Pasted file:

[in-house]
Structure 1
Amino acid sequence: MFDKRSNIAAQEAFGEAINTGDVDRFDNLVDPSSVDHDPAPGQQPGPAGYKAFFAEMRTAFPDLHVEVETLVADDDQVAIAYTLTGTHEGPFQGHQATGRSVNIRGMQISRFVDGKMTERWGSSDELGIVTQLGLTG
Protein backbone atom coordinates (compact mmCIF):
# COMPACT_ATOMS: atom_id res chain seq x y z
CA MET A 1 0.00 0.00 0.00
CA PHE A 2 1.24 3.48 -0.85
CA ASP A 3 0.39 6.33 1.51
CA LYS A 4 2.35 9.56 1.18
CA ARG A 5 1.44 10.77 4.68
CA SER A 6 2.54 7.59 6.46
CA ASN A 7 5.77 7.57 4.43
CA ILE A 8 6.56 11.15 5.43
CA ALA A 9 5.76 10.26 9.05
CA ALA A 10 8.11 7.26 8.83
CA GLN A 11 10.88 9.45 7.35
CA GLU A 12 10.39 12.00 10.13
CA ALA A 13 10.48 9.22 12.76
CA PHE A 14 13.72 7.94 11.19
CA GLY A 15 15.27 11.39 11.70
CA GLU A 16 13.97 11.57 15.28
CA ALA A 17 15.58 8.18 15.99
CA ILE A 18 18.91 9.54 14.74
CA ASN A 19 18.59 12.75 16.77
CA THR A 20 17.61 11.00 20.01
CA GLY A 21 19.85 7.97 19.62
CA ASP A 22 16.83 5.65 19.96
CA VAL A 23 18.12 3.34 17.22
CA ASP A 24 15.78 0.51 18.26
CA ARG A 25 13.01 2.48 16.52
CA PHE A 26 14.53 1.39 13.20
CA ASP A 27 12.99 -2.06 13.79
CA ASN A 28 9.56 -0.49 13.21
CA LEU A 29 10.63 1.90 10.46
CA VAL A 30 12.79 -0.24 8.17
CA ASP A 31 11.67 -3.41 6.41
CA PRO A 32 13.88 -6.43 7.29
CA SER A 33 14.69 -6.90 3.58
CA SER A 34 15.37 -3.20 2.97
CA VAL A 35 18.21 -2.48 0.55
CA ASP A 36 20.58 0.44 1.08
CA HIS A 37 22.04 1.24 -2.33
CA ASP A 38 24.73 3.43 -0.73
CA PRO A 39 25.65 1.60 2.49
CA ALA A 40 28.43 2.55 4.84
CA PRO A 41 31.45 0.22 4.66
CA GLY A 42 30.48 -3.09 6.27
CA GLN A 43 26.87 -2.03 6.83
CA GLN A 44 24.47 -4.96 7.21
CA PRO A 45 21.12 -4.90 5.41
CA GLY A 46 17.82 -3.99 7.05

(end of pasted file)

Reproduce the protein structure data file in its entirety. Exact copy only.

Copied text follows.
[in-house]
Structure 1
Amino acid sequence: MFDKRSNIAAQEAFGEAINTGDVDRFDNLVDPSSVDHDPAPGQQPGPAGYKAFFAEMRTAFPDLHVEVETLVADDDQVAIAYTLTGTHEGPFQGHQATGRSVNIRGMQISRFVDGKMTERWGSSDELGIVTQLGLTG
Protein backbone atom coordinates (compact mmCIF):
# COMPACT_ATOMS: atom_id res chain seq x y z
CA MET A 1 0.00 0.00 0.00
CA PHE A 2 1.24 3.48 -0.85
CA ASP A 3 0.39 6.33 1.51
CA LYS A 4 2.35 9.56 1.18
CA ARG A 5 1.44 10.77 4.68
CA SER A 6 2.54 7.59 6.46
CA ASN A 7 5.77 7.57 4.43
CA ILE A 8 6.56 11.15 5.43
CA ALA A 9 5.76 10.26 9.05
CA ALA A 10 8.11 7.26 8.83
CA GLN A 11 10.88 9.45 7.35
CA GLU A 12 10.39 12.00 10.13
CA ALA A 13 10.48 9.22 12.76
CA PHE A 14 13.72 7.94 11.19
CA GLY A 15 15.27 11.39 11.70
CA GLU A 16 13.97 11.57 15.28
CA ALA A 17 15.58 8.18 15.99
CA ILE A 18 18.91 9.54 14.74
CA ASN A 19 18.59 12.75 16.77
CA THR A 20 17.61 11.00 20.01
CA GLY A 21 19.85 7.97 19.62
CA ASP A 22 16.83 5.65 19.96
CA VAL A 23 18.12 3.34 17.22
CA ASP A 24 15.78 0.51 18.26
CA ARG A 25 13.01 2.48 16.52
CA PHE A 26 14.53 1.39 13.20
CA ASP A 27 12.99 -2.06 13.79
CA ASN A 28 9.56 -0.49 13.21
CA LEU A 29 10.63 1.90 10.46
CA VAL A 30 12.79 -0.24 8.17
CA ASP A 31 11.67 -3.41 6.41
CA PRO A 32 13.88 -6.43 7.29
CA SER A 33 14.69 -6.90 3.58
CA SER A 34 15.37 -3.20 2.97
CA VAL A 35 18.21 -2.48 0.55
CA ASP A 36 20.58 0.44 1.08
CA HIS A 37 22.04 1.24 -2.33
CA ASP A 38 24.73 3.43 -0.73
CA PRO A 39 25.65 1.60 2.49
CA ALA A 40 28.43 2.55 4.84
CA PRO A 41 31.45 0.22 4.66
CA GLY A 42 30.48 -3.09 6.27
CA GLN A 43 26.87 -2.03 6.83
CA GLN A 44 24.47 -4.96 7.21
CA PRO A 45 21.12 -4.90 5.41
CA GLY A 46 17.82 -3.99 7.05